ICO chooses not to fine Lush for data breach


ICO chooses not to fine Lush for data breach

Simon Quicke

The Information Commissioner's Office (ICO) has been accused again of being a toothless tiger after it opted not to fine the cosmetics firm Lush after a data breach that lasted for four months at the tail-end of last year.

The ICO has already been criticised for failing to hand out enough fines and use its muscle to deter those those take a lax attitude to protecting sensitive customer data and following the Lush decision some in the security industry have voiced concerns that the wrong message is being sent to the corporate community.

As a result of the breach, which lasted from October last year until January, meant that 5,000 customers who had previously shopped on the retailers website had their details exposed to hackers.

The ICO has the right to fine a firm caught in that sort of breach up to £500,000 but all it has chosen to do in this case is to get Lush to sign an undertaking to ensure that future customer credit card data will be processed in accordance with the Payment Card Industry (PCI) data security standard.

Acting head of enforcement at the ICO Sally Anne Poole said that it was going to use the case to warn other retailers over the need to ensure data was protected.

"Lush took some steps to protect their customers' data but failed to do regular security checks and did not fully meet industry standards relating to card payment security. Had they done this, it may have prevented the fraud taking place and could have saved the victims a great deal of worry and time invested in claiming their money back," she said.

"This breach should serve as a warning to all retailers that online security must be taken seriously and that the PCI data security standard or an equivalent must be followed at all times," she added.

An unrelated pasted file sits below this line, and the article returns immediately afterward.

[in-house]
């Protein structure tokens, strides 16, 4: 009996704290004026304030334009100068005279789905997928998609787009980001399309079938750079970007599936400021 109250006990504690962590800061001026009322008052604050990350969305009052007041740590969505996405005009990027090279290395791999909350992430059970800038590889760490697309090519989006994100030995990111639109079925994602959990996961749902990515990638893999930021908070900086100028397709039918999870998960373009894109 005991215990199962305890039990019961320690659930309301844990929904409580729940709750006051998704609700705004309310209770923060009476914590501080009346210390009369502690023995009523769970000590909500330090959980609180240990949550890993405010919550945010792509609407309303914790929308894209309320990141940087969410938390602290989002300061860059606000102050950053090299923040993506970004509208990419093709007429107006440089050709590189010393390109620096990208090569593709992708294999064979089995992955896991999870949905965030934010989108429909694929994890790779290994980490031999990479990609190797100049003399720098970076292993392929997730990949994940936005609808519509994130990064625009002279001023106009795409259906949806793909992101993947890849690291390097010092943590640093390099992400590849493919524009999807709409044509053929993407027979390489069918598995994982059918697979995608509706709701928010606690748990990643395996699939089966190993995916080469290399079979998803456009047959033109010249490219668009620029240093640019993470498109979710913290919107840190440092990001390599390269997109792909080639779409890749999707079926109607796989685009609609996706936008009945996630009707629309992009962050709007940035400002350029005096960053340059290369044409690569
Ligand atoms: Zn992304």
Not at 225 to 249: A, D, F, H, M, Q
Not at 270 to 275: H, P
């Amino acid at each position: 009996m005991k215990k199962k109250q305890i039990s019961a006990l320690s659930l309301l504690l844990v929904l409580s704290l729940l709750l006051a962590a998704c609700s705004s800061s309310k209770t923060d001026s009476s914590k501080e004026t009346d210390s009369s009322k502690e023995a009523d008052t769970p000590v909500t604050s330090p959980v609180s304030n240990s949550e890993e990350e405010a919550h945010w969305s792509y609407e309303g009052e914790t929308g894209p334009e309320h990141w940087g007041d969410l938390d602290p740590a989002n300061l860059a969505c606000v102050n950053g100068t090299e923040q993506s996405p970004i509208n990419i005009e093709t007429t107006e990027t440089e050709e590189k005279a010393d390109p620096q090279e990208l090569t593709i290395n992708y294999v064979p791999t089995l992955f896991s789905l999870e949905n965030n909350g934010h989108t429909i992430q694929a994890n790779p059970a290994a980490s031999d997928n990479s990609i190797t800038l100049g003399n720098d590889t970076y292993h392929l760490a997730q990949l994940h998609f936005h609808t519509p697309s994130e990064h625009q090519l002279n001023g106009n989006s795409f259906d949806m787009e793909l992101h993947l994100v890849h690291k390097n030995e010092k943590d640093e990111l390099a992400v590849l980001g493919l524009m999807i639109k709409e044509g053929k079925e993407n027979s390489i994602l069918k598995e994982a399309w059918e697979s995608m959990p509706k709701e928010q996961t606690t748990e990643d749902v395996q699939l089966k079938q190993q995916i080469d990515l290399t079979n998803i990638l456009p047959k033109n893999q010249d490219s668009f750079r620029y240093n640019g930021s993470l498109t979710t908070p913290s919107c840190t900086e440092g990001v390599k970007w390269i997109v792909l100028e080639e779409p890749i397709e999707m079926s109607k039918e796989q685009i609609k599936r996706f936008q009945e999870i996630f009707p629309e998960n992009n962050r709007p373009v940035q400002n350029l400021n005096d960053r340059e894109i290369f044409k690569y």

But the decision not to fine Lush has been seen as a missed opportunity to flex some muscle and send a stronger message with Steve Watts, co-founder of SecurEnvoy frustrated with the outcome of the case.

"What we have here is a major e-commerce Web portal - run by a consumer-friendly company that prides itself on its eco-friendly products and stance generally - that was solidly hacked for four months over the busy Christmas period, and essentially has got away scot-free," he added.

The ICO came in for strong criticism earlier this year. A freedom of information request made by ViaSat revealed that from the moment last year on 6 April, when the ICO was given the powers to impose fines of up to £500,000, until 22 march this year 2,565 breaches were reported. But in that period of almost a year only 37 resulted in action from the ICO, with just four ending up in fines being handed out.

Even with the ability to impose fines of half a million pounds so far the ICO has shied away from issuing anything near that preferring to keep the levels under the £100,000 mark.

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